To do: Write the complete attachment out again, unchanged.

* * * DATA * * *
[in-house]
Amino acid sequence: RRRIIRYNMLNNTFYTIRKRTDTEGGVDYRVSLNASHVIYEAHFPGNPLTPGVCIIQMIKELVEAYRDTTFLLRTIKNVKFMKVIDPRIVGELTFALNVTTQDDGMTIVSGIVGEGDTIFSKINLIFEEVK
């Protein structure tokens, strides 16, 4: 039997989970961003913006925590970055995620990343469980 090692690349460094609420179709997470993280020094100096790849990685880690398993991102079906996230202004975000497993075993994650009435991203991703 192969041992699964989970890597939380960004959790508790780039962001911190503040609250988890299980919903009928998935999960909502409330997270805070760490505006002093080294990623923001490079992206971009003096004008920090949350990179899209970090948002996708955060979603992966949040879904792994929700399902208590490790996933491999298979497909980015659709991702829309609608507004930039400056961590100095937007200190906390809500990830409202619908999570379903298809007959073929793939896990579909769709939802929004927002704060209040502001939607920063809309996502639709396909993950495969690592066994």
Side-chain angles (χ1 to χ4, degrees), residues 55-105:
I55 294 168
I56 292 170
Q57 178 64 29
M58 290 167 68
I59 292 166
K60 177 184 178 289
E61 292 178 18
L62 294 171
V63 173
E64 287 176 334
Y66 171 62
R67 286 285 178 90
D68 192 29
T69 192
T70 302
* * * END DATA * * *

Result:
[in-house]
Amino acid sequence: RRRIIRYNMLNNTFYTIRKRTDTEGGVDYRVSLNASHVIYEAHFPGNPLTPGVCIIQMIKELVEAYRDTTFLLRTIKNVKFMKVIDPRIVGELTFALNVTTQDDGMTIVSGIVGEGDTIFSKINLIFEEVK
């Protein structure tokens, strides 16, 4: 039997989970961003913006925590970055995620990343469980 090692690349460094609420179709997470993280020094100096790849990685880690398993991102079906996230202004975000497993075993994650009435991203991703 192969041992699964989970890597939380960004959790508790780039962001911190503040609250988890299980919903009928998935999960909502409330997270805070760490505006002093080294990623923001490079992206971009003096004008920090949350990179899209970090948002996708955060979603992966949040879904792994929700399902208590490790996933491999298979497909980015659709991702829309609608507004930039400056961590100095937007200190906390809500990830409202619908999570379903298809007959073929793939896990579909769709939802929004927002704060209040502001939607920063809309996502639709396909993950495969690592066994």
Side-chain angles (χ1 to χ4, degrees), residues 55-105:
I55 294 168
I56 292 170
Q57 178 64 29
M58 290 167 68
I59 292 166
K60 177 184 178 289
E61 292 178 18
L62 294 171
V63 173
E64 287 176 334
Y66 171 62
R67 286 285 178 90
D68 192 29
T69 192
T70 302